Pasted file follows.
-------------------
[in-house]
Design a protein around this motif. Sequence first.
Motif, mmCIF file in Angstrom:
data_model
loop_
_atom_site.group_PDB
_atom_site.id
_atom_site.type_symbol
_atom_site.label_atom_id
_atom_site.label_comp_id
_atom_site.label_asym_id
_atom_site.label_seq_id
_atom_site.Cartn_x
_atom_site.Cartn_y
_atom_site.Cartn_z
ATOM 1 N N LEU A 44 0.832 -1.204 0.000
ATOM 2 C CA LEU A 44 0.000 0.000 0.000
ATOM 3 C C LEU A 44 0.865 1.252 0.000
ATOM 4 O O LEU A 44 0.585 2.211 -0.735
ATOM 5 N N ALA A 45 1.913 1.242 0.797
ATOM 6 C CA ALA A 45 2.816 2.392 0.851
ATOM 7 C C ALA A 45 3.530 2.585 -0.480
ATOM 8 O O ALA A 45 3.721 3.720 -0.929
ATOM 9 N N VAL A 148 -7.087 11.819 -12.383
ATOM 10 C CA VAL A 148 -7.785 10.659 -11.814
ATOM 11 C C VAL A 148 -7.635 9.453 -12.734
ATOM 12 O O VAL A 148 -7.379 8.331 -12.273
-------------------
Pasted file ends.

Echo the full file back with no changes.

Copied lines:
[in-house]
Design a protein around this motif. Sequence first.
Motif, mmCIF file in Angstrom:
data_model
loop_
_atom_site.group_PDB
_atom_site.id
_atom_site.type_symbol
_atom_site.label_atom_id
_atom_site.label_comp_id
_atom_site.label_asym_id
_atom_site.label_seq_id
_atom_site.Cartn_x
_atom_site.Cartn_y
_atom_site.Cartn_z
ATOM 1 N N LEU A 44 0.832 -1.204 0.000
ATOM 2 C CA LEU A 44 0.000 0.000 0.000
ATOM 3 C C LEU A 44 0.865 1.252 0.000
ATOM 4 O O LEU A 44 0.585 2.211 -0.735
ATOM 5 N N ALA A 45 1.913 1.242 0.797
ATOM 6 C CA ALA A 45 2.816 2.392 0.851
ATOM 7 C C ALA A 45 3.530 2.585 -0.480
ATOM 8 O O ALA A 45 3.721 3.720 -0.929
ATOM 9 N N VAL A 148 -7.087 11.819 -12.383
ATOM 10 C CA VAL A 148 -7.785 10.659 -11.814
ATOM 11 C C VAL A 148 -7.635 9.453 -12.734
ATOM 12 O O VAL A 148 -7.379 8.331 -12.273